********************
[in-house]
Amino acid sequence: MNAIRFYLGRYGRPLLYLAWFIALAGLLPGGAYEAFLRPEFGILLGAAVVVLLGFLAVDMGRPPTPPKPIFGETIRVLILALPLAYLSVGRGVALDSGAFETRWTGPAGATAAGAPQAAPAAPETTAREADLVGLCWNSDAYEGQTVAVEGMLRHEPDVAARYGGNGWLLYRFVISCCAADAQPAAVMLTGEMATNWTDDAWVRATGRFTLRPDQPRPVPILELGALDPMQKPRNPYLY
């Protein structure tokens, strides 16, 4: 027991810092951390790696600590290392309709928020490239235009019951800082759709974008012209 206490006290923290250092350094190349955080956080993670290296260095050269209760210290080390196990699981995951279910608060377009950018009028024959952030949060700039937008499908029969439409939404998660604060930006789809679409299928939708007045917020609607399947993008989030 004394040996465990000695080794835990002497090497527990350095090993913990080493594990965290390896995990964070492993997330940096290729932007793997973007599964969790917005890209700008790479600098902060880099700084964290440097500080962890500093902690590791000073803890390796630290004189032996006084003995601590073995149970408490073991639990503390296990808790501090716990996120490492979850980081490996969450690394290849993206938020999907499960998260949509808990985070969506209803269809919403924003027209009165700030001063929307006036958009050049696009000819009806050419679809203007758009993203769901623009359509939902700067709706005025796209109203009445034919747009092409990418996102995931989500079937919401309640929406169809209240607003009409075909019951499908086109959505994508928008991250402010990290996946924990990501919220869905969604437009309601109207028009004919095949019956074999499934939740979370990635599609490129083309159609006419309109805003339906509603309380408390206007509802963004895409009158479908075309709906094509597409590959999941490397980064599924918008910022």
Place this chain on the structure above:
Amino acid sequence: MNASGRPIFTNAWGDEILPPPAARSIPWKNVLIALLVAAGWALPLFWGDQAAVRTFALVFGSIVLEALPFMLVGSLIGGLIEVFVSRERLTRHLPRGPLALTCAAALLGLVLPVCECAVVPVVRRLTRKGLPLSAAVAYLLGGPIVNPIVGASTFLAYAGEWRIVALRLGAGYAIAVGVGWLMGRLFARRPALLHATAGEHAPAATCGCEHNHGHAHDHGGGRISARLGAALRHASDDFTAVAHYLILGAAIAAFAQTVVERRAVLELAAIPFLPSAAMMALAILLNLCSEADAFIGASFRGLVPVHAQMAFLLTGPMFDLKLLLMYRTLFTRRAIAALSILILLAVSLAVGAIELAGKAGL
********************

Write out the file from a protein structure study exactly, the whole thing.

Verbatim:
[in-house]
Amino acid sequence: MNAIRFYLGRYGRPLLYLAWFIALAGLLPGGAYEAFLRPEFGILLGAAVVVLLGFLAVDMGRPPTPPKPIFGETIRVLILALPLAYLSVGRGVALDSGAFETRWTGPAGATAAGAPQAAPAAPETTAREADLVGLCWNSDAYEGQTVAVEGMLRHEPDVAARYGGNGWLLYRFVISCCAADAQPAAVMLTGEMATNWTDDAWVRATGRFTLRPDQPRPVPILELGALDPMQKPRNPYLY
């Protein structure tokens, strides 16, 4: 027991810092951390790696600590290392309709928020490239235009019951800082759709974008012209 206490006290923290250092350094190349955080956080993670290296260095050269209760210290080390196990699981995951279910608060377009950018009028024959952030949060700039937008499908029969439409939404998660604060930006789809679409299928939708007045917020609607399947993008989030 004394040996465990000695080794835990002497090497527990350095090993913990080493594990965290390896995990964070492993997330940096290729932007793997973007599964969790917005890209700008790479600098902060880099700084964290440097500080962890500093902690590791000073803890390796630290004189032996006084003995601590073995149970408490073991639990503390296990808790501090716990996120490492979850980081490996969450690394290849993206938020999907499960998260949509808990985070969506209803269809919403924003027209009165700030001063929307006036958009050049696009000819009806050419679809203007758009993203769901623009359509939902700067709706005025796209109203009445034919747009092409990418996102995931989500079937919401309640929406169809209240607003009409075909019951499908086109959505994508928008991250402010990290996946924990990501919220869905969604437009309601109207028009004919095949019956074999499934939740979370990635599609490129083309159609006419309109805003339906509603309380408390206007509802963004895409009158479908075309709906094509597409590959999941490397980064599924918008910022």
Place this chain on the structure above:
Amino acid sequence: MNASGRPIFTNAWGDEILPPPAARSIPWKNVLIALLVAAGWALPLFWGDQAAVRTFALVFGSIVLEALPFMLVGSLIGGLIEVFVSRERLTRHLPRGPLALTCAAALLGLVLPVCECAVVPVVRRLTRKGLPLSAAVAYLLGGPIVNPIVGASTFLAYAGEWRIVALRLGAGYAIAVGVGWLMGRLFARRPALLHATAGEHAPAATCGCEHNHGHAHDHGGGRISARLGAALRHASDDFTAVAHYLILGAAIAAFAQTVVERRAVLELAAIPFLPSAAMMALAILLNLCSEADAFIGASFRGLVPVHAQMAFLLTGPMFDLKLLLMYRTLFTRRAIAALSILILLAVSLAVGAIELAGKAGL